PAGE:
Paroxysmal atrial fibrillation in young and middle-aged athletes (PAFIYAMA) syndrome in the real world: a paradigmatic case report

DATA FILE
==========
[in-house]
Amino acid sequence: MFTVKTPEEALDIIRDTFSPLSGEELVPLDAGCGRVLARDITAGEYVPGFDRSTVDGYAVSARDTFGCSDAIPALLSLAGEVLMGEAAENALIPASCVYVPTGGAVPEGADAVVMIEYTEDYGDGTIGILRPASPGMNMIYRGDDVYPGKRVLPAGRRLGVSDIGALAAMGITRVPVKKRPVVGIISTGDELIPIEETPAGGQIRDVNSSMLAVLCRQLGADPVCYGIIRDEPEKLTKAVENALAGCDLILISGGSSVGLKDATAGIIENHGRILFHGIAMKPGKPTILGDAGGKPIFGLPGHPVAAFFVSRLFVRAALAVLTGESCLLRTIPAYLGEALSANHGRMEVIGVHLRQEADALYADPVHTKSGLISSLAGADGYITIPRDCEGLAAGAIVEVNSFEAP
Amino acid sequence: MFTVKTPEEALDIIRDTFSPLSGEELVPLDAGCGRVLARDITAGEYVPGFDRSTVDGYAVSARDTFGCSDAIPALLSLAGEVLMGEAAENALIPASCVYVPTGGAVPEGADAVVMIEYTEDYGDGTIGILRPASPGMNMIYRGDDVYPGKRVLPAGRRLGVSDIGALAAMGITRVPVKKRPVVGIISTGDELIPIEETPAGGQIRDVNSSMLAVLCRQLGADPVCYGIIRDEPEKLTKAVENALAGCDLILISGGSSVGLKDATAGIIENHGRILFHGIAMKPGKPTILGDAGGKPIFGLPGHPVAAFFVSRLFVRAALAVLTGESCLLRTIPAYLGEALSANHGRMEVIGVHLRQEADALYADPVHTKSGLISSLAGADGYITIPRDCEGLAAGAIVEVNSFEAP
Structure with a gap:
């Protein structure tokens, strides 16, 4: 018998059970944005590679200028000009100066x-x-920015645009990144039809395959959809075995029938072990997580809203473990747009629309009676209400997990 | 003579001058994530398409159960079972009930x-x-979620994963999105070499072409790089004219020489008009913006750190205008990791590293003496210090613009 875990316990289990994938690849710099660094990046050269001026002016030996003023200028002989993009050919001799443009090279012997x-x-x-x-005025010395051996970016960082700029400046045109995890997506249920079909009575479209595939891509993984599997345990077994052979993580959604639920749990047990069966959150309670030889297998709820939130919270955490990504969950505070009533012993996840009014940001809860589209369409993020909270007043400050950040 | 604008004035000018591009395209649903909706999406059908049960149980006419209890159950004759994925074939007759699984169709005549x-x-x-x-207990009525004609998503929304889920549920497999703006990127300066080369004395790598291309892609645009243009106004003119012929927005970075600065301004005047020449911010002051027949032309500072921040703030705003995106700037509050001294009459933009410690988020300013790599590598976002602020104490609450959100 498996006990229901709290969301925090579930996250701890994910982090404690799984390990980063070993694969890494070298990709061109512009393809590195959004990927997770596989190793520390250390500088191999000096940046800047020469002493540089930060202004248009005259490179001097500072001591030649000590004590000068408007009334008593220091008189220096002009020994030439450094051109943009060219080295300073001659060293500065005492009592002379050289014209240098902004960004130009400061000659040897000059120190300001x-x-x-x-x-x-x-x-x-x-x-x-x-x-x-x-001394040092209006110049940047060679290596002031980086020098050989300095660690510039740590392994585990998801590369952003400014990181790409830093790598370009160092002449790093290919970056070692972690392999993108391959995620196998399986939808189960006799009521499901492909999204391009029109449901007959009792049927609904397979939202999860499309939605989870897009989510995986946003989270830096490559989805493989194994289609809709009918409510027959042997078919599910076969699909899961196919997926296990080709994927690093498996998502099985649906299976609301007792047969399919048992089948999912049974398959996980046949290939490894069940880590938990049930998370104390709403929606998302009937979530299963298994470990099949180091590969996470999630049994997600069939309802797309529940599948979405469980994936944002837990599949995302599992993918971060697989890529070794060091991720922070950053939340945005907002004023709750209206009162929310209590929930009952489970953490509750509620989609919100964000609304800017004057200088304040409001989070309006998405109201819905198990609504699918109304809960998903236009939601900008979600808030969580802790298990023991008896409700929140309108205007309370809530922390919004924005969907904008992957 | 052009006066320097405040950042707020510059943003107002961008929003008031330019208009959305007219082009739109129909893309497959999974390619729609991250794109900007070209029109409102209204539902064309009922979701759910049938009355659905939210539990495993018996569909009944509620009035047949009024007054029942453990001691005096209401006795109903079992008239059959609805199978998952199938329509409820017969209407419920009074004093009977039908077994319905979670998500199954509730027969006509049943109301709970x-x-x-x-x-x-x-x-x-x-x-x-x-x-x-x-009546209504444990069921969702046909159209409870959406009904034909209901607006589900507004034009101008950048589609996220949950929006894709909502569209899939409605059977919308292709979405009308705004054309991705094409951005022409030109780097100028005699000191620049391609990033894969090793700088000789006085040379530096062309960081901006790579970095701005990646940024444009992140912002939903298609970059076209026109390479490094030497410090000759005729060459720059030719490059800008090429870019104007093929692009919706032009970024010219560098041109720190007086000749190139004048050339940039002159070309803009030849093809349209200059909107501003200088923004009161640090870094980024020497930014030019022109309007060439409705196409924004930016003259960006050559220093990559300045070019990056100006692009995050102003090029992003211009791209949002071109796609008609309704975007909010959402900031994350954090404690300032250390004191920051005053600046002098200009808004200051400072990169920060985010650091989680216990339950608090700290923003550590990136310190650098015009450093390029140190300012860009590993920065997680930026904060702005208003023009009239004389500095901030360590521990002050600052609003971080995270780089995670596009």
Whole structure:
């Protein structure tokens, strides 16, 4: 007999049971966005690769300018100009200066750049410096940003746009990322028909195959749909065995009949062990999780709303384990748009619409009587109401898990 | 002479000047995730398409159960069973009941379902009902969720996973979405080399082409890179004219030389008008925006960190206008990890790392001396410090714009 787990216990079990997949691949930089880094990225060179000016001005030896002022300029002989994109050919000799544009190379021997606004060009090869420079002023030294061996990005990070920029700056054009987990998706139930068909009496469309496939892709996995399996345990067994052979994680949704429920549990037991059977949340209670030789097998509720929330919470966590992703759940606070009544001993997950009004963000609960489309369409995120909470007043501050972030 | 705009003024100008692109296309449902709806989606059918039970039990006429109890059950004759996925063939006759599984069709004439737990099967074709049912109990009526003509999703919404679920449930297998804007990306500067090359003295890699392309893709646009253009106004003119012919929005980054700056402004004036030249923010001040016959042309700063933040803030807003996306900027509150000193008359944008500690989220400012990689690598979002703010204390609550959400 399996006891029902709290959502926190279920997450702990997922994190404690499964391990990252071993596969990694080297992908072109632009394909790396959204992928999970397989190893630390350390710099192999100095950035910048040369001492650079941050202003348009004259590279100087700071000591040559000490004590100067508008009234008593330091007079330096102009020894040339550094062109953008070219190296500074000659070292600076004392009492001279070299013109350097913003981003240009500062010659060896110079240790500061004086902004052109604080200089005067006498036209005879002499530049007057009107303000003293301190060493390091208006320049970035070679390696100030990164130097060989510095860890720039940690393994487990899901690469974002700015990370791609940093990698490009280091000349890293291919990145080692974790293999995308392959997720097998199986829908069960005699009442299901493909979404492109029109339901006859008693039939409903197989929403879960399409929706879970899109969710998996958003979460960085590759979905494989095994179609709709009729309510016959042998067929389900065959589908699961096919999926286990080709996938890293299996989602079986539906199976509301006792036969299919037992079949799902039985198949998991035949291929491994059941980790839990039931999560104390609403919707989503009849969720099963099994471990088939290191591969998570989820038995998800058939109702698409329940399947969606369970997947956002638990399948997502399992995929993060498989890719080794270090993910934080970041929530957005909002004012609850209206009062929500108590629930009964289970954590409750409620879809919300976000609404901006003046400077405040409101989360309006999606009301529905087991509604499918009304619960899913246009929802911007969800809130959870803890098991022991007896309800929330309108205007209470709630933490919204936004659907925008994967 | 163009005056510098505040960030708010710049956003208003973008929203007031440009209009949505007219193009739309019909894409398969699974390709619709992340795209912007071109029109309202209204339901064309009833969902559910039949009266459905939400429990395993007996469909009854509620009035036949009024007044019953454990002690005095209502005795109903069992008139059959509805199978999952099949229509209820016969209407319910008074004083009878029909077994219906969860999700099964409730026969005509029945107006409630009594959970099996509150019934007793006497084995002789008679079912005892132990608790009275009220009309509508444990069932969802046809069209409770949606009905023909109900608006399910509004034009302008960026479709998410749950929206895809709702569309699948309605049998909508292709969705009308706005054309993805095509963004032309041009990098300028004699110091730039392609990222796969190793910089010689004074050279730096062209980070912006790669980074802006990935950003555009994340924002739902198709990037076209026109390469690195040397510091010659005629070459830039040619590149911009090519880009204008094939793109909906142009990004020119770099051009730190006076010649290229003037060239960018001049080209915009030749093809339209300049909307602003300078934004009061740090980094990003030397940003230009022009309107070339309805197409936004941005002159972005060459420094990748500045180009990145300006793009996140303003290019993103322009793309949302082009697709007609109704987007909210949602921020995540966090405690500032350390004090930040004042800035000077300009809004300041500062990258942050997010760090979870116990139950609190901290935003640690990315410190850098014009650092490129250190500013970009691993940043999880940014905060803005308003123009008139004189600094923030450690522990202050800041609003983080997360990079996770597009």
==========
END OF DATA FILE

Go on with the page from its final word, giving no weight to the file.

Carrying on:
An enhanced risk of atrial fibrillation (AF) has been clearly documented in endurance athletes over the past decades. In this regard, we have recently described the ‘PAFIYAMA’ (‘paroxysmal AF in young and middle-aged athletes’) syndrome, provided that other risk factors for AF and underlying conditions have been ruled out. We report here a paradigmatic case of PAFIYAMA syndrome. A 32 years old man was admitted to the Emergency Department (ED) complaining for palpitations, lasting for 3 hours. He had never smoked and other risk factors for AF could be ruled out. The electrocardiogram (ECG) was consistent with AF at high ventricular response (130–150 bpm). All laboratory parameters were within the respective reference ranges, and laboratory screening for cocaine, amphetamine, and MDMA was negative. After 12 hours of persistent AF, the patient underwent effective electrical cardioversion. The patient reported an episode of paroxysmal AF (PAF), occurred during practicing strenuously training for a martial arts competition 2 years before the current episode. In the last two weeks, in addition to usual training, the patient was engaged in carrying heavy furniture. He underwent echocardiography within a week from ED discharge, showing a physiologic athlete’s left ventricle (LV) hypertrophy. The patient was discharged with suggestion to reduce his training regimen. A Holter-ECG performed one month after ED discharge showed no signs of arrhythmia, and the patient remained asymptomatic during the following six months of follow-up. Therefore, following the diagnostic algorithm of PAFIYAMA syndrome, this patient can be considered as a paradigmatic case of this recently described syndrome. The potential clinical implications and the impact on patients’ lifestyle are meaningful. New-onset AF in young population is uncommon. For that reason, physicians should be aware about PAFIYAMA syndrome.